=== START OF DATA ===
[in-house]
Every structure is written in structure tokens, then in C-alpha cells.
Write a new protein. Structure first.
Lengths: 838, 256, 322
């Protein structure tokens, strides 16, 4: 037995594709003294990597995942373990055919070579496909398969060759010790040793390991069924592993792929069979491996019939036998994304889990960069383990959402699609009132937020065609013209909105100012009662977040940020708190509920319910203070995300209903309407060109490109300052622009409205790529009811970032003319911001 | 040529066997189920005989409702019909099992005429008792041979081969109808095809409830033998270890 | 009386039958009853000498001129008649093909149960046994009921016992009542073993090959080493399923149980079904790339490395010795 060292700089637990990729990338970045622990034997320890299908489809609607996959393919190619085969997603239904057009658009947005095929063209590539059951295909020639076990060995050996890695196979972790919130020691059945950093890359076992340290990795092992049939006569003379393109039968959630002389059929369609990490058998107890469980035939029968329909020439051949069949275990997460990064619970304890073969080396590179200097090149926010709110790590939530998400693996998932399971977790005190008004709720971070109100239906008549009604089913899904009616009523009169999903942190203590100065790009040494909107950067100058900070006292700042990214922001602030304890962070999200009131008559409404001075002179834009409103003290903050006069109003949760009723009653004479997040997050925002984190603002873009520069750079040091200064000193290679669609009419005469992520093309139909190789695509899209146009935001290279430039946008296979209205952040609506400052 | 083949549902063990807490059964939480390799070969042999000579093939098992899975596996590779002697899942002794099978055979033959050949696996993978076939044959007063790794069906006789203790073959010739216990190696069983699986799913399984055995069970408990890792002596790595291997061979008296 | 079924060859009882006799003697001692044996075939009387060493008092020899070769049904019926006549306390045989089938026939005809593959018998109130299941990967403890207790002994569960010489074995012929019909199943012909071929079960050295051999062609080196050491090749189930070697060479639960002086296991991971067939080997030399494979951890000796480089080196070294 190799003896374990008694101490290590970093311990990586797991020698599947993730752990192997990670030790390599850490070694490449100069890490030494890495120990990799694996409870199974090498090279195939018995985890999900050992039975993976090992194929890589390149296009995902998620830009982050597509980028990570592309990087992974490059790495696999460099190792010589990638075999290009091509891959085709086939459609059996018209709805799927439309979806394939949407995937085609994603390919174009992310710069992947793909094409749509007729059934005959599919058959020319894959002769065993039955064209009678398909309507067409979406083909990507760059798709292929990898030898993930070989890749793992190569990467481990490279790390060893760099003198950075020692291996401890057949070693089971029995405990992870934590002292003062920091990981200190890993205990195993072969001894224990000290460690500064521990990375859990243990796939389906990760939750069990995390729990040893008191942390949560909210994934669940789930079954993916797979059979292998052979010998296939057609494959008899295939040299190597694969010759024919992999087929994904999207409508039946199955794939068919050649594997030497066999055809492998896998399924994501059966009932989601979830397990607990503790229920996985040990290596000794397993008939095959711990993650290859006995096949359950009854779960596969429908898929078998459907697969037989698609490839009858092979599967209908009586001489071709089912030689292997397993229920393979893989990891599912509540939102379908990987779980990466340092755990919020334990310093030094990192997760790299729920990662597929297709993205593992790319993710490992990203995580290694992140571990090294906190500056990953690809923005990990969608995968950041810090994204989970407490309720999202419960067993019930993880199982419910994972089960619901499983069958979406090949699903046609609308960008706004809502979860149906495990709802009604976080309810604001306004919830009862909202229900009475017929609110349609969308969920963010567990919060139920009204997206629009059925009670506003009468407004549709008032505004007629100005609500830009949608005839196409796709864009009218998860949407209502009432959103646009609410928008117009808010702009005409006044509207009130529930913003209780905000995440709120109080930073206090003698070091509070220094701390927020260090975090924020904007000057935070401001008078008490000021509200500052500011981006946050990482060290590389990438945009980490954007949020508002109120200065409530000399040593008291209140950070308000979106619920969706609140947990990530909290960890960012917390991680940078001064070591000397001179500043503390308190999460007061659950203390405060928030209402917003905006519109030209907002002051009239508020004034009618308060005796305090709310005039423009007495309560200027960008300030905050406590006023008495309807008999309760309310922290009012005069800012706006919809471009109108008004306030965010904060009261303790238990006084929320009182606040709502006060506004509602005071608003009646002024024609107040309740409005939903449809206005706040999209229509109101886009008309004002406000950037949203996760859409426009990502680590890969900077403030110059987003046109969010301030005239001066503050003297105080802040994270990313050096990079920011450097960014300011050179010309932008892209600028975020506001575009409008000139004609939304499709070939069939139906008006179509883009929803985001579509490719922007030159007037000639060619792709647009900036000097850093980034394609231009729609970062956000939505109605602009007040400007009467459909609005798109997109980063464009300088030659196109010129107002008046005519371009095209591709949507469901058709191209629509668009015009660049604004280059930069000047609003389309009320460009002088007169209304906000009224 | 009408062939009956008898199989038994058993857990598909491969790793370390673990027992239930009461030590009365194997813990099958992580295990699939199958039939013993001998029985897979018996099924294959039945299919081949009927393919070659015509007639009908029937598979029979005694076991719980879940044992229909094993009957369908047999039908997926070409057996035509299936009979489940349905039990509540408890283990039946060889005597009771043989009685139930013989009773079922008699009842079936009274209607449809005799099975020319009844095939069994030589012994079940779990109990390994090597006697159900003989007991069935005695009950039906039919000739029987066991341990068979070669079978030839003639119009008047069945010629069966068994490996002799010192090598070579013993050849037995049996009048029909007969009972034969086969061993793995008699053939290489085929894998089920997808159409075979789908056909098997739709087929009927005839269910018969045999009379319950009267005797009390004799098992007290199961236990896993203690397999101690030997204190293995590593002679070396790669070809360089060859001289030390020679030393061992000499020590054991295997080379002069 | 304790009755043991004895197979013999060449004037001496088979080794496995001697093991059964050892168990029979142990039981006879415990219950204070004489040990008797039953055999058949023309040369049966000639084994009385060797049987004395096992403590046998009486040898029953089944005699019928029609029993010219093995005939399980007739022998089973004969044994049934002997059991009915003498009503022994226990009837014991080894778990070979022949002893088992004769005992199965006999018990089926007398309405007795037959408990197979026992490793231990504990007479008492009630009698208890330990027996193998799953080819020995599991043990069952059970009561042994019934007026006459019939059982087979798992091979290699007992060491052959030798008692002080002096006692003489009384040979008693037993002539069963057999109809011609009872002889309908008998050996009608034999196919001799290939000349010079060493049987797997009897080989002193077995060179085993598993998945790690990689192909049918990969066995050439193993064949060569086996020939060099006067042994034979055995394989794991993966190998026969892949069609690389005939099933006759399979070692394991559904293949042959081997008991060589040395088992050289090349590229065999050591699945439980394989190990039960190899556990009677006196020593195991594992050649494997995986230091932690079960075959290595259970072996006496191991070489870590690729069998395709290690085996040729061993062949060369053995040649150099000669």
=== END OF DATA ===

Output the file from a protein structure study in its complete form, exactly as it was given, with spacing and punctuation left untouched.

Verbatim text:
[in-house]
Every structure is written in structure tokens, then in C-alpha cells.
Write a new protein. Structure first.
Lengths: 838, 256, 322
């Protein structure tokens, strides 16, 4: 037995594709003294990597995942373990055919070579496909398969060759010790040793390991069924592993792929069979491996019939036998994304889990960069383990959402699609009132937020065609013209909105100012009662977040940020708190509920319910203070995300209903309407060109490109300052622009409205790529009811970032003319911001 | 040529066997189920005989409702019909099992005429008792041979081969109808095809409830033998270890 | 009386039958009853000498001129008649093909149960046994009921016992009542073993090959080493399923149980079904790339490395010795 060292700089637990990729990338970045622990034997320890299908489809609607996959393919190619085969997603239904057009658009947005095929063209590539059951295909020639076990060995050996890695196979972790919130020691059945950093890359076992340290990795092992049939006569003379393109039968959630002389059929369609990490058998107890469980035939029968329909020439051949069949275990997460990064619970304890073969080396590179200097090149926010709110790590939530998400693996998932399971977790005190008004709720971070109100239906008549009604089913899904009616009523009169999903942190203590100065790009040494909107950067100058900070006292700042990214922001602030304890962070999200009131008559409404001075002179834009409103003290903050006069109003949760009723009653004479997040997050925002984190603002873009520069750079040091200064000193290679669609009419005469992520093309139909190789695509899209146009935001290279430039946008296979209205952040609506400052 | 083949549902063990807490059964939480390799070969042999000579093939098992899975596996590779002697899942002794099978055979033959050949696996993978076939044959007063790794069906006789203790073959010739216990190696069983699986799913399984055995069970408990890792002596790595291997061979008296 | 079924060859009882006799003697001692044996075939009387060493008092020899070769049904019926006549306390045989089938026939005809593959018998109130299941990967403890207790002994569960010489074995012929019909199943012909071929079960050295051999062609080196050491090749189930070697060479639960002086296991991971067939080997030399494979951890000796480089080196070294 190799003896374990008694101490290590970093311990990586797991020698599947993730752990192997990670030790390599850490070694490449100069890490030494890495120990990799694996409870199974090498090279195939018995985890999900050992039975993976090992194929890589390149296009995902998620830009982050597509980028990570592309990087992974490059790495696999460099190792010589990638075999290009091509891959085709086939459609059996018209709805799927439309979806394939949407995937085609994603390919174009992310710069992947793909094409749509007729059934005959599919058959020319894959002769065993039955064209009678398909309507067409979406083909990507760059798709292929990898030898993930070989890749793992190569990467481990490279790390060893760099003198950075020692291996401890057949070693089971029995405990992870934590002292003062920091990981200190890993205990195993072969001894224990000290460690500064521990990375859990243990796939389906990760939750069990995390729990040893008191942390949560909210994934669940789930079954993916797979059979292998052979010998296939057609494959008899295939040299190597694969010759024919992999087929994904999207409508039946199955794939068919050649594997030497066999055809492998896998399924994501059966009932989601979830397990607990503790229920996985040990290596000794397993008939095959711990993650290859006995096949359950009854779960596969429908898929078998459907697969037989698609490839009858092979599967209908009586001489071709089912030689292997397993229920393979893989990891599912509540939102379908990987779980990466340092755990919020334990310093030094990192997760790299729920990662597929297709993205593992790319993710490992990203995580290694992140571990090294906190500056990953690809923005990990969608995968950041810090994204989970407490309720999202419960067993019930993880199982419910994972089960619901499983069958979406090949699903046609609308960008706004809502979860149906495990709802009604976080309810604001306004919830009862909202229900009475017929609110349609969308969920963010567990919060139920009204997206629009059925009670506003009468407004549709008032505004007629100005609500830009949608005839196409796709864009009218998860949407209502009432959103646009609410928008117009808010702009005409006044509207009130529930913003209780905000995440709120109080930073206090003698070091509070220094701390927020260090975090924020904007000057935070401001008078008490000021509200500052500011981006946050990482060290590389990438945009980490954007949020508002109120200065409530000399040593008291209140950070308000979106619920969706609140947990990530909290960890960012917390991680940078001064070591000397001179500043503390308190999460007061659950203390405060928030209402917003905006519109030209907002002051009239508020004034009618308060005796305090709310005039423009007495309560200027960008300030905050406590006023008495309807008999309760309310922290009012005069800012706006919809471009109108008004306030965010904060009261303790238990006084929320009182606040709502006060506004509602005071608003009646002024024609107040309740409005939903449809206005706040999209229509109101886009008309004002406000950037949203996760859409426009990502680590890969900077403030110059987003046109969010301030005239001066503050003297105080802040994270990313050096990079920011450097960014300011050179010309932008892209600028975020506001575009409008000139004609939304499709070939069939139906008006179509883009929803985001579509490719922007030159007037000639060619792709647009900036000097850093980034394609231009729609970062956000939505109605602009007040400007009467459909609005798109997109980063464009300088030659196109010129107002008046005519371009095209591709949507469901058709191209629509668009015009660049604004280059930069000047609003389309009320460009002088007169209304906000009224 | 009408062939009956008898199989038994058993857990598909491969790793370390673990027992239930009461030590009365194997813990099958992580295990699939199958039939013993001998029985897979018996099924294959039945299919081949009927393919070659015509007639009908029937598979029979005694076991719980879940044992229909094993009957369908047999039908997926070409057996035509299936009979489940349905039990509540408890283990039946060889005597009771043989009685139930013989009773079922008699009842079936009274209607449809005799099975020319009844095939069994030589012994079940779990109990390994090597006697159900003989007991069935005695009950039906039919000739029987066991341990068979070669079978030839003639119009008047069945010629069966068994490996002799010192090598070579013993050849037995049996009048029909007969009972034969086969061993793995008699053939290489085929894998089920997808159409075979789908056909098997739709087929009927005839269910018969045999009379319950009267005797009390004799098992007290199961236990896993203690397999101690030997204190293995590593002679070396790669070809360089060859001289030390020679030393061992000499020590054991295997080379002069 | 304790009755043991004895197979013999060449004037001496088979080794496995001697093991059964050892168990029979142990039981006879415990219950204070004489040990008797039953055999058949023309040369049966000639084994009385060797049987004395096992403590046998009486040898029953089944005699019928029609029993010219093995005939399980007739022998089973004969044994049934002997059991009915003498009503022994226990009837014991080894778990070979022949002893088992004769005992199965006999018990089926007398309405007795037959408990197979026992490793231990504990007479008492009630009698208890330990027996193998799953080819020995599991043990069952059970009561042994019934007026006459019939059982087979798992091979290699007992060491052959030798008692002080002096006692003489009384040979008693037993002539069963057999109809011609009872002889309908008998050996009608034999196919001799290939000349010079060493049987797997009897080989002193077995060179085993598993998945790690990689192909049918990969066995050439193993064949060569086996020939060099006067042994034979055995394989794991993966190998026969892949069609690389005939099933006759399979070692394991559904293949042959081997008991060589040395088992050289090349590229065999050591699945439980394989190990039960190899556990009677006196020593195991594992050649494997995986230091932690079960075959290595259970072996006496191991070489870590690729069998395709290690085996040729061993062949060369053995040649150099000669």